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B.S., University of Utah, Salt Lake City, UT, 2011
Honors and Awards:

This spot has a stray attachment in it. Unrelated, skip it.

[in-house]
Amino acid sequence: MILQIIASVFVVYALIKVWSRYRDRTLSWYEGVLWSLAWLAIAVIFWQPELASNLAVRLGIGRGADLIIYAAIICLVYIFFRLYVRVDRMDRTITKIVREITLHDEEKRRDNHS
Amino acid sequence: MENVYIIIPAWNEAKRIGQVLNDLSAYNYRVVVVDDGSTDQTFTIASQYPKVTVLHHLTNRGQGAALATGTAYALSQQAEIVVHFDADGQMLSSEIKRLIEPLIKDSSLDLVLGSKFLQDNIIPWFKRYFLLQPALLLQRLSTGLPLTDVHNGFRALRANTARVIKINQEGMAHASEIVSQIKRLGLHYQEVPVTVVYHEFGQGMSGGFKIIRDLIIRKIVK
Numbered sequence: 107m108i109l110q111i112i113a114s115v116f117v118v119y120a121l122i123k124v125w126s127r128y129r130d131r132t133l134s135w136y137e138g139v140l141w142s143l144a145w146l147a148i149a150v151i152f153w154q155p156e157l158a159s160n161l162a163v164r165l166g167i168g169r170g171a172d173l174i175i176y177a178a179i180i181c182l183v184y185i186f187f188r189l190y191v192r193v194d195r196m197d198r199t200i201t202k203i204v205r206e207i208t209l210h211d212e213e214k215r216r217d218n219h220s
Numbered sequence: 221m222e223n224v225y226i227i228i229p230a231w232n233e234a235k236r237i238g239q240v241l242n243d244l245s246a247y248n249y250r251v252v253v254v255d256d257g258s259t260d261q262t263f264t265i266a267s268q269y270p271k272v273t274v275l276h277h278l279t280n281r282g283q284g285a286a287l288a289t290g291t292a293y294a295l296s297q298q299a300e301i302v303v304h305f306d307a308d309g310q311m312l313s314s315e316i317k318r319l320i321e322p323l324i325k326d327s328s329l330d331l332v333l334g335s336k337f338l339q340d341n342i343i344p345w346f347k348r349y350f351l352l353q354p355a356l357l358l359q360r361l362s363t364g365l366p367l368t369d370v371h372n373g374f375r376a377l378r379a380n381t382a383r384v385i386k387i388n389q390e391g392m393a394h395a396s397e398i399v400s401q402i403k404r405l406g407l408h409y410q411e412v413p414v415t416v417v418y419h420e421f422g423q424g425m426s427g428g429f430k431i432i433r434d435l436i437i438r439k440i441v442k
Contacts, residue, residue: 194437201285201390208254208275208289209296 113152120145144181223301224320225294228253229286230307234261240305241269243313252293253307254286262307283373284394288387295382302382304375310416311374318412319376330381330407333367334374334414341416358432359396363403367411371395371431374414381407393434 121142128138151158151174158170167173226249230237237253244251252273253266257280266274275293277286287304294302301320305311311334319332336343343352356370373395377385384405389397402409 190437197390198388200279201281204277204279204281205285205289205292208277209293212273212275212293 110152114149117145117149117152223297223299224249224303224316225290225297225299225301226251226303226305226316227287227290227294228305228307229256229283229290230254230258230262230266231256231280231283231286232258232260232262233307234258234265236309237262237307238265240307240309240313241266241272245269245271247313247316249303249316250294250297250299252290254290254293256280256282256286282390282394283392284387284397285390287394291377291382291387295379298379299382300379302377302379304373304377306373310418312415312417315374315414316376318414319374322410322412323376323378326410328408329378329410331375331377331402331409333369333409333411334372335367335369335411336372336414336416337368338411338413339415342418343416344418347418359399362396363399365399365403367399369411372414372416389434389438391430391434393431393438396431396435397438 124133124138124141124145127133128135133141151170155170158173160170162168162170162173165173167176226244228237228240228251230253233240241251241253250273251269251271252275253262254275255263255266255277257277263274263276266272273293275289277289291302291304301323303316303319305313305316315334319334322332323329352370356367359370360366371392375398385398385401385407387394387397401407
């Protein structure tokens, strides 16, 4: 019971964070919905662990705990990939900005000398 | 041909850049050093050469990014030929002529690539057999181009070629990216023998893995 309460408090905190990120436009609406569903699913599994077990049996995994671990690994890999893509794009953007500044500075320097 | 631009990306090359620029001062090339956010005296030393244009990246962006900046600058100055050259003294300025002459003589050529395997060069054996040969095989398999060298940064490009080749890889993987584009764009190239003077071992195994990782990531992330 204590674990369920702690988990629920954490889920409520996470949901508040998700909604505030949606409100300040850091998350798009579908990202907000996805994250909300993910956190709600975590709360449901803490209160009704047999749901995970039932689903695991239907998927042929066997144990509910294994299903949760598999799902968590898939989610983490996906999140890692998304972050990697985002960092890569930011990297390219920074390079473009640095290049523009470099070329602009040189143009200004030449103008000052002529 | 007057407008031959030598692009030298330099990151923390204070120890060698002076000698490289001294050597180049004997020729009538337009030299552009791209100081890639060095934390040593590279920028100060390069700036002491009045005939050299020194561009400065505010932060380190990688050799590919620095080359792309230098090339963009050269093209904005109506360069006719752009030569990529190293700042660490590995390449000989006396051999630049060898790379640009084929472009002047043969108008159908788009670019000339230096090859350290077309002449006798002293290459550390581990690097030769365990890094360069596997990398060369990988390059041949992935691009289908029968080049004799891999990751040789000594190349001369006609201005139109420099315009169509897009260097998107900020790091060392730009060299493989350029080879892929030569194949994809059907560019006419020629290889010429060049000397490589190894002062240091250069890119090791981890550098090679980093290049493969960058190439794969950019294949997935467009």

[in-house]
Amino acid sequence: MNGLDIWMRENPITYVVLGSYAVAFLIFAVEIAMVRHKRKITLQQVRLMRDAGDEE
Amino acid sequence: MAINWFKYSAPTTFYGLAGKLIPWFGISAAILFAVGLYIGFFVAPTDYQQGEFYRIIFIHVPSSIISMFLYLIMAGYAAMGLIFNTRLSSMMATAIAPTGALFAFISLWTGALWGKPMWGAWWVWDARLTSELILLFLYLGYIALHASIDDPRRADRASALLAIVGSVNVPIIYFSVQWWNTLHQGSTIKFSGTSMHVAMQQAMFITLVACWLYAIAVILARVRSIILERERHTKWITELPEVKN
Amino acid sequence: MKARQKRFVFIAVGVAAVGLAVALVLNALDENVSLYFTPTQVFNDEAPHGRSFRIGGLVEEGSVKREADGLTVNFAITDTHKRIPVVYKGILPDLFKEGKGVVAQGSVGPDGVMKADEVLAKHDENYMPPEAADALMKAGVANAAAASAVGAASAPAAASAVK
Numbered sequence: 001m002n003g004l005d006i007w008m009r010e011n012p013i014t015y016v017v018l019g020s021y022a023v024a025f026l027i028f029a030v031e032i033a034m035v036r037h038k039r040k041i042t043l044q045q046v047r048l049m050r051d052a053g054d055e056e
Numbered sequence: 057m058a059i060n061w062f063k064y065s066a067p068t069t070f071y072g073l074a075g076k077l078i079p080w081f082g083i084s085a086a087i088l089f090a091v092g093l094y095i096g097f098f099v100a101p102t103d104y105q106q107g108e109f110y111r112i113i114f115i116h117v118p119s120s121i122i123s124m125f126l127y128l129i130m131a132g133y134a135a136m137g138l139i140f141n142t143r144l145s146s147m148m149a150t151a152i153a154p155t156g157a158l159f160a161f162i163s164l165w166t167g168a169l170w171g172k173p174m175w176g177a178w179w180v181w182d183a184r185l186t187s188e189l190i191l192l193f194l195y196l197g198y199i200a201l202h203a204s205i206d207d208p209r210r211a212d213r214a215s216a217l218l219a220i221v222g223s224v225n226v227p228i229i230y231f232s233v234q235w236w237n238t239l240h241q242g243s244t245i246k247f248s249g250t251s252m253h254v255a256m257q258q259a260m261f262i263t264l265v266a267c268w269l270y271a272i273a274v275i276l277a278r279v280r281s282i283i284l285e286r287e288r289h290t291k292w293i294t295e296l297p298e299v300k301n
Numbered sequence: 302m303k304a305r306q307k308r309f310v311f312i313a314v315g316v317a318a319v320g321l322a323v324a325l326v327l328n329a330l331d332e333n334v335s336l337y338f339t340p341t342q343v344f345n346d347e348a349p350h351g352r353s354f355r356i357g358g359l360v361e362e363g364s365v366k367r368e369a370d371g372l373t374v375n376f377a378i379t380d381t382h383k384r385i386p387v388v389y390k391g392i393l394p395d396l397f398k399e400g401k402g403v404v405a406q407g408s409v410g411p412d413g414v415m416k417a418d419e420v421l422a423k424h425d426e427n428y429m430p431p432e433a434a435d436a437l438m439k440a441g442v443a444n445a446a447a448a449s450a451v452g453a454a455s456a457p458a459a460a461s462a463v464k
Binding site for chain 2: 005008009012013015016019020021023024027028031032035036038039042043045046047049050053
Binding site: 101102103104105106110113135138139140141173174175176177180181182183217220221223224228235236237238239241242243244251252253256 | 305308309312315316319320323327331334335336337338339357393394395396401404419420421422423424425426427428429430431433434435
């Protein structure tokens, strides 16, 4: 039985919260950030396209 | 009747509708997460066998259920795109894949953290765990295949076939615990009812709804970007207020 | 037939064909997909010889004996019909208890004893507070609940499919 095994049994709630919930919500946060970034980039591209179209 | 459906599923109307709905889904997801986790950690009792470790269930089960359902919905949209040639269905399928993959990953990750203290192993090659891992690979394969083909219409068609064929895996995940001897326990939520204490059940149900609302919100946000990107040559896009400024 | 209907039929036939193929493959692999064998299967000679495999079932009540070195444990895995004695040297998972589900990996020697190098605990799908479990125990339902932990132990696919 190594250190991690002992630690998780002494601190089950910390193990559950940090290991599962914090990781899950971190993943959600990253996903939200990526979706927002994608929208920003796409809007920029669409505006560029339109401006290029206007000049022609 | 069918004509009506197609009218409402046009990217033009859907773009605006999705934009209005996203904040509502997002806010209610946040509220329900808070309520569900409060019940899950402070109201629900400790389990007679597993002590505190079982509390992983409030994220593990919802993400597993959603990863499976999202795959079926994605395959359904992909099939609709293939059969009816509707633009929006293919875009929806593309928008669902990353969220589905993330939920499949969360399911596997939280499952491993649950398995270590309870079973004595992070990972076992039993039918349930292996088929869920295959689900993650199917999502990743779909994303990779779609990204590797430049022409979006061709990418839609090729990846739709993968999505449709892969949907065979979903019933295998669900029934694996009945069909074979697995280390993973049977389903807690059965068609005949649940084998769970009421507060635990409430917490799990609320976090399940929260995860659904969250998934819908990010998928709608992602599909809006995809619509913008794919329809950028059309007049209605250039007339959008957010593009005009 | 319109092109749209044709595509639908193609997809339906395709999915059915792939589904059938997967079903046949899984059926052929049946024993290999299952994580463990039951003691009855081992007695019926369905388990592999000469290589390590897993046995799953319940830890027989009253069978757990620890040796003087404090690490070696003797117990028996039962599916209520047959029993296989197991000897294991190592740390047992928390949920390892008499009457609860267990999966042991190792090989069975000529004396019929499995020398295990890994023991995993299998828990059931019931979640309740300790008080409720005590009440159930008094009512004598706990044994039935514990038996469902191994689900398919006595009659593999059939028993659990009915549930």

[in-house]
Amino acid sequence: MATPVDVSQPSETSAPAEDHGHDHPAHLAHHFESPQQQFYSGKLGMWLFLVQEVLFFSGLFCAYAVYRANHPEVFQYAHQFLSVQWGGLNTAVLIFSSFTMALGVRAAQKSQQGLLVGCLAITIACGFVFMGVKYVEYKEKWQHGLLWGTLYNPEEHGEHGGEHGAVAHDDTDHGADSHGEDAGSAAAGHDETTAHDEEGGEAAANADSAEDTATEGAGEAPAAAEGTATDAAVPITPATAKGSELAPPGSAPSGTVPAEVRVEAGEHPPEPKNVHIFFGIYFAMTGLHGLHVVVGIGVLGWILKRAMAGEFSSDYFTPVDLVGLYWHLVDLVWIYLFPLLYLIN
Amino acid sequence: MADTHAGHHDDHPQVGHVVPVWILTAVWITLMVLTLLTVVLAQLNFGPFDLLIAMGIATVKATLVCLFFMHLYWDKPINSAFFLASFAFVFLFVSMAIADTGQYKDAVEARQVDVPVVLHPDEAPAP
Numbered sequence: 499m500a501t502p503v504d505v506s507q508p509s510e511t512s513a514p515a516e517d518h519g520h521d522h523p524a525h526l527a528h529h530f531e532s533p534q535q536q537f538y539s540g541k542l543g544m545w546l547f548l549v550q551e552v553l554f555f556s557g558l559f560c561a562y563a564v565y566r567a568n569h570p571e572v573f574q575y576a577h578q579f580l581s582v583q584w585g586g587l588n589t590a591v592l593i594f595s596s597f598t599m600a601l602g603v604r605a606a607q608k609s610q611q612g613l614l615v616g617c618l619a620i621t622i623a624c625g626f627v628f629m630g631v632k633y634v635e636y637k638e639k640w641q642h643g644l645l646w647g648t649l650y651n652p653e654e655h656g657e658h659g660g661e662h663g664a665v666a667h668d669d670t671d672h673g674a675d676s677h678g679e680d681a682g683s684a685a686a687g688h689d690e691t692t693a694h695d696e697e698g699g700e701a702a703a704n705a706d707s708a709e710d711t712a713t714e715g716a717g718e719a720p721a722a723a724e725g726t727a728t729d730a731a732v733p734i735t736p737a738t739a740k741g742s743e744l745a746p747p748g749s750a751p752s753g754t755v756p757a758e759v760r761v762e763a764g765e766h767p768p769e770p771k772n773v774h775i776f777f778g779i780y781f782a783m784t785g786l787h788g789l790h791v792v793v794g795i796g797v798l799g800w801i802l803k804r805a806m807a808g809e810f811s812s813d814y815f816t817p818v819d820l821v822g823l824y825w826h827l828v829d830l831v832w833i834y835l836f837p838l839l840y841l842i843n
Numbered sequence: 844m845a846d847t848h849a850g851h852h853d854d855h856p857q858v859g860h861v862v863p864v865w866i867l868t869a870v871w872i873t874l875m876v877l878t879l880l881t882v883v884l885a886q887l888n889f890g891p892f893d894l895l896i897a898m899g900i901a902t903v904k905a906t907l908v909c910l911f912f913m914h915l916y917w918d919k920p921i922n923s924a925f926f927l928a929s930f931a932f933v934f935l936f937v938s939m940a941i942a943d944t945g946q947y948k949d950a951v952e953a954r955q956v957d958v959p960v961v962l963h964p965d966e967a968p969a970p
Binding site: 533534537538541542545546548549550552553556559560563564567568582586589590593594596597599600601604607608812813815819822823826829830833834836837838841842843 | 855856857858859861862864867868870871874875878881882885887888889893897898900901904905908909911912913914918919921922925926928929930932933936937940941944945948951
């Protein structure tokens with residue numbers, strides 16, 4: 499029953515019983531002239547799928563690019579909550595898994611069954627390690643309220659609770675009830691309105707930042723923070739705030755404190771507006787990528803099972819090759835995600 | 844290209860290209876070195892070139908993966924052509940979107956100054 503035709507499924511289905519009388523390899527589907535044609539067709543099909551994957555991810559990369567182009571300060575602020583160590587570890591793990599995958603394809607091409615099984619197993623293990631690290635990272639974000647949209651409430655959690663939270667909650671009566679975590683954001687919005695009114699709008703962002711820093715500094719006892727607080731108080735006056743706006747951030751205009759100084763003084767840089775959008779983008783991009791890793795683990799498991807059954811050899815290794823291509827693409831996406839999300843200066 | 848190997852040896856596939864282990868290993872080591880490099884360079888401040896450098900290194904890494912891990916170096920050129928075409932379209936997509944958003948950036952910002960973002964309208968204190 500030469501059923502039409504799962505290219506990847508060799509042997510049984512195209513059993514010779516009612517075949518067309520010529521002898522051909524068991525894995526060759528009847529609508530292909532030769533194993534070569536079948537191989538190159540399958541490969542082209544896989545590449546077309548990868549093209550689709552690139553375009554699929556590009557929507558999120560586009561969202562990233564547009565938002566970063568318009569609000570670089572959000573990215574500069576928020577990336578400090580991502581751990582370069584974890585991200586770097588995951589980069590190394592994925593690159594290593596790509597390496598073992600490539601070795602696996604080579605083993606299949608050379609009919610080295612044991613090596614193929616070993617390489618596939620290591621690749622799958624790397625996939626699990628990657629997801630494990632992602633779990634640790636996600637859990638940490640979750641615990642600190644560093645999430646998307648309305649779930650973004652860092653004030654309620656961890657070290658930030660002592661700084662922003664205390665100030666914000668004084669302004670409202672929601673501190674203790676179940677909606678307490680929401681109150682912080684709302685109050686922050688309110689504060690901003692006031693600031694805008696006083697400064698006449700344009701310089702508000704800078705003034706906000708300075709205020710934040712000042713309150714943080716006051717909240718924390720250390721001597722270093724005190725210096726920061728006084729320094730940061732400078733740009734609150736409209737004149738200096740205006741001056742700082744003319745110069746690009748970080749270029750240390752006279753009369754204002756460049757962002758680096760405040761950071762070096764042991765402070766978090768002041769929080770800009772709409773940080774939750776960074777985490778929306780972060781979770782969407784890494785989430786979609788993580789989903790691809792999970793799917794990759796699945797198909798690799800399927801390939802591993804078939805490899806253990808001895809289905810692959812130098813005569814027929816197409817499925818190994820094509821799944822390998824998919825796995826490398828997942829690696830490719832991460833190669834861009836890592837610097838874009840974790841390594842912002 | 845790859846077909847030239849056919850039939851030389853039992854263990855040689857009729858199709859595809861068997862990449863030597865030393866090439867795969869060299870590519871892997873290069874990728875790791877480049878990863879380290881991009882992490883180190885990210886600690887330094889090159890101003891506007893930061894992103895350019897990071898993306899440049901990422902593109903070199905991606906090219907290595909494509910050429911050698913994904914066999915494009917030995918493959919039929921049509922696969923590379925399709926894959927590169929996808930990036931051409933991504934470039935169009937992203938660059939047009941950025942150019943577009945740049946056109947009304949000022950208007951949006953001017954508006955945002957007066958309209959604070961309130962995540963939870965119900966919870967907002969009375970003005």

The APOBEC3 family of cytidine deaminases is exploited during the innate immune response to repress infections by deaminating viral single stranded DNA. However, recent work has shown that APOBEC3 enzymes can become misregulated and contribute to cancer mutagenesis. One family member in particular, A3B (APOBEC3B), causes mutations in many cancer types. A3B is not expressed in normal tissues but becomes upregulated in malignant tissues as well as virally infected cells. Thus, A3B is beneficial by suppressing viral infection, but its misregulation can cause collateral damage to the host genome. Using a combination of molecular and genetic approaches, my goal is to elucidate the mechanism through which A3B gains access to the host genome and ultimately how A3B activity is regulated.